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Summary

Summary

The pilot of the Bell 206 helicopter had been tasked with conducting a survey operation in the Dhoyndji area of the Northern Territory. He had flown the helicopter from Gove earlier in the morning with two passengers on board. Some equipment was offloaded at Dhoyndji and another two passengers boarded the helicopter. The pilot departed Dhoyndji at approximately 1150 Central Standard Time (CST) and tracked to the southwest to commence the survey work. He initially tracked to the Goyder River and landed to the west of the river. The passengers conducted ground survey work in the area for 40-60 minutes. They then reboarded the helicopter and began aerial survey work in the same area for approximately 10 minutes. The pilot then flew the helicopter in a north-easterly direction towards the Mitchell Ranges.

At 1330 a refuelling party realised that the helicopter was overdue for a scheduled refuelling stop and that its SARTIME had expired. The aircraft operator and the refuelling party commenced a local search and CENSAR notified Australian Search and Rescue (AusSAR) of the expired SARTIME. AusSAR assumed responsibility for search coordination and the wreckage of the helicopter was found the following day. The pilot and three passengers received fatal injuries.

The survivor reported that as the helicopter approached the Mitchell Ranges, one of the passengers indicated that they would have to land in the area to conduct a brief ground survey. The pilot acknowledged the requirement and began to search the area for a landing spot. The surrounding terrain was generally flat and lightly treed. The tree spacing was such that a landing area was not readily apparent.

The survivor reported that he heard a single 'beep' in his headphones as the pilot searched for a landing area. The pilot looked into the helicopter cockpit and appeared to be checking his instruments. Shortly after, the pilot appeared to return to the task of selecting a landing spot. The survivor estimated that about 2-3 seconds after the single 'beep', he heard continuous 'beeping' in his headphones. He reported that the pilot told everyone to "hang on boys, this is going down".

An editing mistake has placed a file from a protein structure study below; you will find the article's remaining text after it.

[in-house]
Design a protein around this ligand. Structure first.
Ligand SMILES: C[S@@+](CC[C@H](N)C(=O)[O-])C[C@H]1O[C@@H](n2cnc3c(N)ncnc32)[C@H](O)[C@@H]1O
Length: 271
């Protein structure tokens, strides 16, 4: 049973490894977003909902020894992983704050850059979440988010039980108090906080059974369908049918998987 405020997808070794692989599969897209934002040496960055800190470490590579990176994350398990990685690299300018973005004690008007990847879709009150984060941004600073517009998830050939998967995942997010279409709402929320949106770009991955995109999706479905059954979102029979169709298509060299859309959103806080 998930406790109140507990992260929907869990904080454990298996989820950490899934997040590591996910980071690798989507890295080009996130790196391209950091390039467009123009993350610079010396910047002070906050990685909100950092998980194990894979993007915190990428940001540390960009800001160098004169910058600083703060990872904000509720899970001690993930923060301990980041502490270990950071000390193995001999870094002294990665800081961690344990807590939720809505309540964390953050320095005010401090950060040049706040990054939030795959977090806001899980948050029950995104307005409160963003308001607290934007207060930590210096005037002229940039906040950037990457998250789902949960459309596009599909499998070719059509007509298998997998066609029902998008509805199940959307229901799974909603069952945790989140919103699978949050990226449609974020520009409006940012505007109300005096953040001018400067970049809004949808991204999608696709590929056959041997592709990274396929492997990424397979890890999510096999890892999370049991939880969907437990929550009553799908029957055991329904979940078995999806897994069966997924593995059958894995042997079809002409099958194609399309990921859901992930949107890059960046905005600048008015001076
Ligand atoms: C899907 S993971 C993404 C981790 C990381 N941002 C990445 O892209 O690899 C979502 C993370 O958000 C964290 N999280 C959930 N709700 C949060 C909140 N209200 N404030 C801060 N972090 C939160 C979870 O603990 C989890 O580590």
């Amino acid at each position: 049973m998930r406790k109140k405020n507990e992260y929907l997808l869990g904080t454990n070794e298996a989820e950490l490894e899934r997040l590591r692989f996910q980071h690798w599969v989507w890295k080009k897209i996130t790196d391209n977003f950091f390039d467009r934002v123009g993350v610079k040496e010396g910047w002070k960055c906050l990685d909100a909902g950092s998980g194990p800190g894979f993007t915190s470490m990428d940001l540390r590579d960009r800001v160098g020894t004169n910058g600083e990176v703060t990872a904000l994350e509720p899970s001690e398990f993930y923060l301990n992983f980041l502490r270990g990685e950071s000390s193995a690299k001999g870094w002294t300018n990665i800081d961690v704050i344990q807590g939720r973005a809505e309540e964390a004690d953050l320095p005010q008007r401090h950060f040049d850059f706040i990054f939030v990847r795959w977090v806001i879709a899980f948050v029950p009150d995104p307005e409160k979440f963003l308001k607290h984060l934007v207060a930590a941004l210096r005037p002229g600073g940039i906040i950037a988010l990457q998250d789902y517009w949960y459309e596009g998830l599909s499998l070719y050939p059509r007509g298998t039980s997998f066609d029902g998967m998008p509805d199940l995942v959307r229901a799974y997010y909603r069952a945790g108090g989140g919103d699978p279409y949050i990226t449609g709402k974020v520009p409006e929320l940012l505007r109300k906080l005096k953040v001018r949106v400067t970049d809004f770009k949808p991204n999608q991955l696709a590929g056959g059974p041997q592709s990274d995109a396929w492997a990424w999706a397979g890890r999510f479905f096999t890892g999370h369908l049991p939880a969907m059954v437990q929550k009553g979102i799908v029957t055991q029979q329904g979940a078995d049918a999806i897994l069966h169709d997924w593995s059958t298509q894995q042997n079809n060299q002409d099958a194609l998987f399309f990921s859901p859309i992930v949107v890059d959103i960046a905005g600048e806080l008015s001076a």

The survivor was seated in the right rear seat of the helicopter, immediately behind the pilot. He reported that when the continuous beeping started, the helicopter "appeared to fall out of the sky". At that time, he estimated that the helicopter had been at a lower height, and a considerably lower speed than when flying from the Goyder River area to the Mitchell Ranges.

The Pilot

The pilot held a Commercial Pilot (Helicopter) Licence with an endorsement on the Bell 206 series helicopter. He had accumulated 5,455 hours total aeronautical experience with 5,330 hours on the Bell 206 helicopter. He held a Class 1 medical certificate with a condition that vision correction be worn while exercising the privileges of the licence. The pilot was reported to have always worn his glasses. The survivor reported that the pilot was wearing his glasses when the helicopter departed the Goyder River area.

The pilot was adequately rested prior to commencing the survey and had not exceeded any flight or duty times. He had flown his entire career in the Arnhem Land area and was considered by his peers to be a meticulous and safety conscious pilot.

The helicopter

The helicopter had completed 8,226.5 hours of flight time. All required maintenance had been completed. It last underwent maintenance 3 weeks prior to the accident. During that scheduled maintenance, the main rotor transmission was overhauled. The helicopter had since completed 24.6 flying hours. There were no reported problems with the helicopter during that period.